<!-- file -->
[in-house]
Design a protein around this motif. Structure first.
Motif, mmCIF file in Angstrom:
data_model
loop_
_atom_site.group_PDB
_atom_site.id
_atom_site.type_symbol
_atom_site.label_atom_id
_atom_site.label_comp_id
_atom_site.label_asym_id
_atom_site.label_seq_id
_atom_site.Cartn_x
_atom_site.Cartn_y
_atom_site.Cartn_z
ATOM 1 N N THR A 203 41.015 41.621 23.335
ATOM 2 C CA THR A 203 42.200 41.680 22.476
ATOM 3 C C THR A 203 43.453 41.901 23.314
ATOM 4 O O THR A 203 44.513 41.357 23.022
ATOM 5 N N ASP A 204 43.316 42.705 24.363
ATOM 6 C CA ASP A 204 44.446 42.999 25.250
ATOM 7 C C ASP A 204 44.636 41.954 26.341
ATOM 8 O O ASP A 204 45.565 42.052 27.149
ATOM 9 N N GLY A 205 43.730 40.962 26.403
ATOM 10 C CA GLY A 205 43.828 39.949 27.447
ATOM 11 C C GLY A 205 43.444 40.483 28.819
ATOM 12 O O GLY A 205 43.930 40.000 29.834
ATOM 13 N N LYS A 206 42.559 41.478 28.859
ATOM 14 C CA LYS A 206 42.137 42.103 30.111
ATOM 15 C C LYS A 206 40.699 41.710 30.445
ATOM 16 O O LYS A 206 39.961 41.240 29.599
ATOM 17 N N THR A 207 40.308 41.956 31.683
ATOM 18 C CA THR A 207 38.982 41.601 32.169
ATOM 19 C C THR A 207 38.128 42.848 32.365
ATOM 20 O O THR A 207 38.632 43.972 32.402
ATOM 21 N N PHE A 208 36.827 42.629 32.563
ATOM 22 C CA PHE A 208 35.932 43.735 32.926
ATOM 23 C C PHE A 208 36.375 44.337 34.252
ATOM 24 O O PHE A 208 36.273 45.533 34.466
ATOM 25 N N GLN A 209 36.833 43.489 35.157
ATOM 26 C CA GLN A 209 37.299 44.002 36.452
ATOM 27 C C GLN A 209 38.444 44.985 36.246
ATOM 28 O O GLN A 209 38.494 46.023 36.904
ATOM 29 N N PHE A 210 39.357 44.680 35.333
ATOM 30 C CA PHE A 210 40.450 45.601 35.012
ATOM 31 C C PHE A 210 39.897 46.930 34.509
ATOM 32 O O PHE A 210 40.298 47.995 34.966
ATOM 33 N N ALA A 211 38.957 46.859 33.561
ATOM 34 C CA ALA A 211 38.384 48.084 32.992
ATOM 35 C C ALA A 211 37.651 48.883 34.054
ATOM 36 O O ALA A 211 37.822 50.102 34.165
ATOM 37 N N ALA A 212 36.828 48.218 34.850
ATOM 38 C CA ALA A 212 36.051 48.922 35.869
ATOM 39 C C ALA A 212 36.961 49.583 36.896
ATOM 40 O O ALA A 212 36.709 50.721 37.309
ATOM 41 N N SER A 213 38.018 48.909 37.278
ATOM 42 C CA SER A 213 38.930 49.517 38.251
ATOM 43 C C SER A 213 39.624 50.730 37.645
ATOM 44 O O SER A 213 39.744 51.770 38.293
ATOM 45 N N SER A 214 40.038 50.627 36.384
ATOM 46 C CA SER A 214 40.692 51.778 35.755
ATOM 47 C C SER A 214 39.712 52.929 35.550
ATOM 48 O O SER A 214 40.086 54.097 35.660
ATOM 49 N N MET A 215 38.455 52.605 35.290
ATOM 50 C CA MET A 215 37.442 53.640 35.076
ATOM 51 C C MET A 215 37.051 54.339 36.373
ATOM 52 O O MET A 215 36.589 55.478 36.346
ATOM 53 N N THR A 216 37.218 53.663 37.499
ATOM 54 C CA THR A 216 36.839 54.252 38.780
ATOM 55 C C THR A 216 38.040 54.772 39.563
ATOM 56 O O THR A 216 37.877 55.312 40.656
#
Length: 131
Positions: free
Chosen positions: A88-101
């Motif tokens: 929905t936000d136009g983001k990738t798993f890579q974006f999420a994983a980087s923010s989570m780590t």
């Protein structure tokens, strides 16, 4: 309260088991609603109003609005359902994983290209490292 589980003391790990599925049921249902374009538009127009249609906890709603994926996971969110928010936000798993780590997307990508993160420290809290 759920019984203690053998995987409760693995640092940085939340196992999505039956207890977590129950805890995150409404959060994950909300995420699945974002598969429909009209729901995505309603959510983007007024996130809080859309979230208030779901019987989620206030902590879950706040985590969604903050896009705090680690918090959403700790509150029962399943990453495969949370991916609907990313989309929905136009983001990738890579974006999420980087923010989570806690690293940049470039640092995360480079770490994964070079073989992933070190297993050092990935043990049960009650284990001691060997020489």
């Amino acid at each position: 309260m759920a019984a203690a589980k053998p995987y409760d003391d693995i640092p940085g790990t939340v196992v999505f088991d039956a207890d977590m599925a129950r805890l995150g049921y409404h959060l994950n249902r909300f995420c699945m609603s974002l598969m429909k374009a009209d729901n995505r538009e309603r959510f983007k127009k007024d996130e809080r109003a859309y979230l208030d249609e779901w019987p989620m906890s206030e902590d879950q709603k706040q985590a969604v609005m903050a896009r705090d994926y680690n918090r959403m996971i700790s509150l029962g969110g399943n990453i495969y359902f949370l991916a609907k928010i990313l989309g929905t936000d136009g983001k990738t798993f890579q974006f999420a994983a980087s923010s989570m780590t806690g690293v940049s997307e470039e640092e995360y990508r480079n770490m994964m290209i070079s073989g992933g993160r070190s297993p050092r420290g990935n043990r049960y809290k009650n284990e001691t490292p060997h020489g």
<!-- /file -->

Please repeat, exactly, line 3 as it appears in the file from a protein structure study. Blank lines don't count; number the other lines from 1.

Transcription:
Motif, mmCIF file in Angstrom: